Body image is a term that gets thrown around a lot when talking about how girls and women perceive themselves in relation to pictures of trim and gorgeous celebrities.
But what about the boys?
Most men’s health magazines feature photographs of perfectly chiselled male bodies as the ideal to aspire to. The sports stars that boys look up to as models of masculinity are fit and toned. It is rare to see a successful male celebrity sporting anything less than Ryan Gosling-style abs.
So it isn’t all that surprising that men can be as affected by how they look to others as women. The Butterfly Foundation says body image is the No.1 concern for both genders aged 12 to 28 and at least 10per cent of people with eating disorders are male.
Clinical psychologist Rodney Ward says he has noticed an increase in the number of men who were concerned about their appearance and their body.
‘‘I personally still believe there’s more expectations on women, but I think it might be closing a bit. I haven’t come across any studies saying the gap is closing, but in my personal experience with people, men feel those expectations as well and it’s getting a little more prevalent.’’
He attributes this increase to societal pressure and media portrayals of the ideal male body as muscular and toned, an image men with other body types often struggle with.
According to the Eating Disorders Foundation of Victoria, males with body image issues and eating disorders focus more on exercising to bulk up than dieting to lose weight.
‘‘There’s another part of body dysmorphia for men, which you may call muscle dysmorphia, so their concern tends to be around muscle mass, so they believe they’re too thin for that athletic body type and that may lead to compensatory behaviours such as steroids or going to the gym excessively,’’ Ward says.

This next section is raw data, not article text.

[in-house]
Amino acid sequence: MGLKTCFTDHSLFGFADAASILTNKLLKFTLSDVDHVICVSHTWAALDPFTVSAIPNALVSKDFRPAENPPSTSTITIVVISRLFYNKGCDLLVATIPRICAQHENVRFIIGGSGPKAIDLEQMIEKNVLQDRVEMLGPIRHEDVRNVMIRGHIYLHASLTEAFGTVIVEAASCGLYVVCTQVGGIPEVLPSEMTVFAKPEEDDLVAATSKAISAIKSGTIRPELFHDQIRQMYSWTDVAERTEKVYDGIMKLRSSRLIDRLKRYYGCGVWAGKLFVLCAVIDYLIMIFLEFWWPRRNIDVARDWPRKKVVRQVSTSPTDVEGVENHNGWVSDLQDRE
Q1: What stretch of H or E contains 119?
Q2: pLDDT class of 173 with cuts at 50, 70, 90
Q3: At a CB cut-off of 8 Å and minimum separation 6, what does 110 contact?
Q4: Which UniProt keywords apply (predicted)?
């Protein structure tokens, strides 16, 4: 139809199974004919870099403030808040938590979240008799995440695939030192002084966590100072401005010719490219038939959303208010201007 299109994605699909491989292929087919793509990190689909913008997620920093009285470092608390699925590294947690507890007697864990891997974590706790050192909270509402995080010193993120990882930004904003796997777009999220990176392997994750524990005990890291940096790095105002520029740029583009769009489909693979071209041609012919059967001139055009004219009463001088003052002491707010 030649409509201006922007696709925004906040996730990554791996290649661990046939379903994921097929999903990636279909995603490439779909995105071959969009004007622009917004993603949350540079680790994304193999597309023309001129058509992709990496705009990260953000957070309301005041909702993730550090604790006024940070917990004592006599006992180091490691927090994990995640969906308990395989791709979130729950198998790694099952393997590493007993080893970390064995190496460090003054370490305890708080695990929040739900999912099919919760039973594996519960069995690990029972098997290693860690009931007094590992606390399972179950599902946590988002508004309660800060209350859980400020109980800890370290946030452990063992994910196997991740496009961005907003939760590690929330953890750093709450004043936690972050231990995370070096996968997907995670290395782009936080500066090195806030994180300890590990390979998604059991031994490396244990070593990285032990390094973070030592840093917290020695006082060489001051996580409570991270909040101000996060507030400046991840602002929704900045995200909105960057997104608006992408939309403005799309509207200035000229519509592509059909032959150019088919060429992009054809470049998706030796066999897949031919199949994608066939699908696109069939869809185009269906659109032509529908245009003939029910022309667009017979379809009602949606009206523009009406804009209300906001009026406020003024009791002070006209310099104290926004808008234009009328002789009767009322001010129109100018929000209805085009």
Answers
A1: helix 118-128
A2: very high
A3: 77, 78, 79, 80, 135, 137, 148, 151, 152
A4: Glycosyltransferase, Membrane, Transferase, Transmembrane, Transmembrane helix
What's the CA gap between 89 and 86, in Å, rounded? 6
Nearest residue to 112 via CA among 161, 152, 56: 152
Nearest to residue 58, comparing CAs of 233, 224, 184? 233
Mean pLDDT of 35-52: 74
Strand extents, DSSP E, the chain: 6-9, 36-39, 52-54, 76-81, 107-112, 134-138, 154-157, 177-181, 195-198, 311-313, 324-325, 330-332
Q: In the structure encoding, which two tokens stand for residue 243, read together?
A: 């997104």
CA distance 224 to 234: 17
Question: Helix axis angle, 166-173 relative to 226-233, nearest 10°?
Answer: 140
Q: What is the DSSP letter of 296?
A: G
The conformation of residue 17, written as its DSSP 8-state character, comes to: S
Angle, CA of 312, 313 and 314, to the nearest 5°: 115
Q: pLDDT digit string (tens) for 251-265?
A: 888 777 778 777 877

But there is a fine line between exercising for health and exercising so you look better in others’ eyes.
‘‘You want people to take care of themselves, and that’s a sign of good self-esteem that you take care of yourself and look after yourself, but a sign of low self-esteem can be that obsessiveness about exercising.’’
Personal trainer Brendon Smith agrees. He says men with body-image issues tend to train for form rather than functionality, when it should be the other way around.
‘‘When you’re just training for aesthetics and looks using body-building techniques, doing the same sort of movements repeated, the benefits to your health aren’t really apparent.’’
He has noticed a strange culture among some male gym-goers in the last few years, with men working on their ‘‘mirror muscles’’ – ones that look good when posing in the mirror – rather than their overall body.
‘‘You often see people neglecting important body parts like their legs just to get a big upper body, a big chest and biceps because they’re the mirror muscles they see all the time.’’
Ward says the best way to combat poor body image among men was for them to gain self-esteem from things other than their appearance.
‘‘Draw self-esteem through social connections with friends, family, career goals and sometimes just being.
‘‘Just practise self-acceptance.’’